Take the 2-minute tour ×
Stack Overflow is a question and answer site for professional and enthusiast programmers. It's 100% free, no registration required.

Follow up question from What is a "rooted reference"?

consider this code, for a standard windows application in c#:

Program.cs:

    [STAThread]
    static void Main()
    {
        try
        {
            Application.EnableVisualStyles();
            Application.SetCompatibleTextRenderingDefault(false);
            Application.Run(new Form1());
        }
        finally
        {
            MessageBox.Show("Bye !");
        }
    }

From1.cs:

public partial class Form1 : Form
{

    public Form1()
    {
        InitializeComponent();
    }

    private void Form1_Load(object sender, EventArgs e)
    {
        this.Click += new EventHandler(Form1_Click);

    }

    void Form1_Click(object sender, EventArgs e)
    {
        Application.Exit();
    }
}

What makes this form to stay as an rooted reference? Is it because of the Static Main method, i guess it is, or is it anything more to it?

If i just close the form with the X, then the message box will show "bye", but not if i click it. (because of the application.Exit()) - and i think that is strange consider the finally method in main.

So the main question, what makes the form object, stay as an rooted reference so the carbage collector not will kill it?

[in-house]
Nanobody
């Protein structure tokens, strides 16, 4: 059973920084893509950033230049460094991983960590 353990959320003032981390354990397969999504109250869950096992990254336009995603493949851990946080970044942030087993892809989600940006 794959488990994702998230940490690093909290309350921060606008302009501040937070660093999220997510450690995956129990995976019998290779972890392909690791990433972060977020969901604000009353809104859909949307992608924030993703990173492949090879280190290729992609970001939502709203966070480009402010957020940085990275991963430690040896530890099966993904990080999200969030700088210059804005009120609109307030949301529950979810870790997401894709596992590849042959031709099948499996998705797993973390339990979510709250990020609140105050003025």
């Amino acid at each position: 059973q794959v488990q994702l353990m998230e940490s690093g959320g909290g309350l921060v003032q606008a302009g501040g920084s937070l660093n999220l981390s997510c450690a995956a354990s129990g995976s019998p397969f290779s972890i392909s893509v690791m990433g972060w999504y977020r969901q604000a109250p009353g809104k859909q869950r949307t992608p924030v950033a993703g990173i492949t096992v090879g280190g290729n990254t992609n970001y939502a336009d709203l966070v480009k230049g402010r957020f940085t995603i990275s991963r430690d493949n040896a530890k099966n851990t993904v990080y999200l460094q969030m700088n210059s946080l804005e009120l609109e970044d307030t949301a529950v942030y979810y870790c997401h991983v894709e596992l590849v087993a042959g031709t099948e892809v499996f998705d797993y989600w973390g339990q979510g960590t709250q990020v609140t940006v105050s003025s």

share|improve this question

2 Answers 2

up vote 5 down vote accepted

The Application.Run method doesn't terminate until your form closes. You pass in your instance of Form1 as a parameter to Run and it becomes a local variable in a method that is currently running, and therefore a root.

Internally Application.Run actually creates an ApplicationContext which holds the reference to the form:

public class ApplicationContext : IDisposable
{
    public Form MainForm
    {
        get { /* ... */ }
        set { /* ... */ }
    }

    public ApplicationContext(Form mainForm)
    {
        this.MainForm = mainForm;
    }

    // ...
}

The ApplicationContext is then given to the RunMessageLoop method.

share|improve this answer
2  
To clarify to the OP - the ApplicationContext is rooted, not the form. –  Oded Dec 10 '11 at 19:37

What roots the instance of Form1 is that if you follow all of the referencing objects back, you will eventually find a reference in a static variable (which is a rooted reference). To follow the path back to the rooted reference:

  • The Form1 instance is stored in an instance field on a newly constructed ApplicationContext instance.
  • That ApplicationContext instance is stored as an instance field on a ThreadContext instance.
  • That ThreadContext instance is stored in a static variable on ThreadContext class <-- ROOTED REFERNCE
share|improve this answer
    
True but overcomplicated. in Foo(new Bar()) the Bar instance is reachable for as long as Foo executes. Simply by being on the stack. –  Henk Holterman Dec 10 '11 at 20:58

Your Answer

 
discard

By posting your answer, you agree to the privacy policy and terms of service.

Not the answer you're looking for? Browse other questions tagged or ask your own question.